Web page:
‘If you died and God said to you, “why should I let you into my heaven?”  What would you say?’  Can you see that any answer that depends on you is the wrong answer?  ‘God, you should accept me because I am a nice person, because I pray, because I was baptised, because I go to church, because I have never been in trouble with the law.’  All the wrong answers!  Nicodemus was a nice, respected, religious, man and Jesus said, ‘you must be born again.’
If you are not sure that you are right with God, why don’t you pray with me?
‘Lord God, I offer no excuse for all the wrong that I have done.  I realise that there is a problem with my heart.  But I now see that you are a God who delights to forgive and want people to experience your mercy.  Please forgive me for trying to justify myself.  Please make me sincere as I ask you to take my past, present and future sin.  Please give me a heart that longs to follow you.  Please let me not be ashamed to tell people that I am born again.  Thank you. Amen.’

Thursday, 8 November 2018

The most important doctrine you have not heard of (Union with Christ)

What do you know about Union with Christ?  It is not something that we talk about much.  But it is actually central to our understanding of being a Christian.  In fact, the term ‘Christian’ is found only three times in the New Testament (and is used by those who look down on the faith), whereas believers are regularly described as being ‘in Christ’.  Union with Christ relates to terms like ‘in Christ’ and ‘Christ in us’.  It has been called the most important doctrine you have never heard of.  Once you begin to see it you will notice it all throughout the New Testament.  

This idea of Union with Christ has many aspects, so we are simply going to look at how Christ represents us before the Father, how Christ resides in our hearts and how Christ relates us to each other.
Christ represents us before the Father
One of the ways that we are ‘in Christ’ is that Jesus represents us before the Father.  The Father treats us as being perfectly righteous because Christ lived the perfectly righteous life on our behalf.  His obedient life has been credited to your account.  In him we are the righteousness of Christ (2 Corinthians 5:21).  ‘By one man’s obedience many will be made righteous’ (Romans 5:19).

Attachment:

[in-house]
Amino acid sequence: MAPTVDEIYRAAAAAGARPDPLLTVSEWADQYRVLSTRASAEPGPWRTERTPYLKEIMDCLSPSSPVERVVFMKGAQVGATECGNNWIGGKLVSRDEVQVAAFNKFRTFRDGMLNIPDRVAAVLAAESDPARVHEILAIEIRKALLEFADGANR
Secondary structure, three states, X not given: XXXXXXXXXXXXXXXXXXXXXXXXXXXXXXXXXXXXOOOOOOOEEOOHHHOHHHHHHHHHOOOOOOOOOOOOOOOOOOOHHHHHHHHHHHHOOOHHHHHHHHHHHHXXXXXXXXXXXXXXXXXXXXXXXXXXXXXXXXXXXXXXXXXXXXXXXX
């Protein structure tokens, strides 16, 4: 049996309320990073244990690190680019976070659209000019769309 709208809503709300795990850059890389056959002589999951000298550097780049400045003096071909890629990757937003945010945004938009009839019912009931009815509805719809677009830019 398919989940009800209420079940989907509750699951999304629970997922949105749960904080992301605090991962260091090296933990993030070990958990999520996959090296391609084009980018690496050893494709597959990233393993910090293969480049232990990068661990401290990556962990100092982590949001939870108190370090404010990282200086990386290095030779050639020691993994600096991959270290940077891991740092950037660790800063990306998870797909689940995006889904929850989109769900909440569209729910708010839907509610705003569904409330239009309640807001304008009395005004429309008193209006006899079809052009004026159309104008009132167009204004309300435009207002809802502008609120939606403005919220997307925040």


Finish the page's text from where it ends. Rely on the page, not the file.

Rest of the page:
Even though we let God down every day, the Father accepts us as deserving children.  Our place in his family is not destroyed by our shortcomings.  So when you read the gospels and see Jesus act with compassion, love with grace, and delight to obey God you should be filled with gratitude.  You have benefitted from his perfect life.  Shortly before his death the theologian, Gresham Machen, sent a telegram to a friend saying, ‘I am so thankful for the active obedience of Christ.  No hope without it.’   
Not only did Jesus represent us in his life, he represented us in his death.  Looking ahead to the cross, the prophet Isaiah declared, ‘the Lord laid on him the iniquity of us all’ (Isaiah 53:6).  Peter explains that ‘he himself bore our sins in his body on the tree’ (1 Peter 2:24).  In Christ our sins have been washed away.  One writer points out that because we are in Christ ‘whatever is true of him is now true of us.  He died, we died. He is raised, we are (and will be) raised.  He is vindicated, we are vindicated.  He is loved, we are loved.  And so on, all because we are in him’ (Rory Shiner).  ‘God thought of us going through everything that Christ went through, because he was our representative’ (Grudem).
But you weren’t born in Christ.  You were born in Adam.  He was our first earthly father, and when he rebelled against God, we all fell into sin.  We were hostile to God and separated from God.  We have willing followed Adam’s way.  If you remain apart from Christ, you will die in your sins and be eternally condemned.  Have you turned to the one who promises never to cast away anyone who comes to him?  You won’t accidently end up in Christ, you must turn to him in faith.  
Christ is resident in our hearts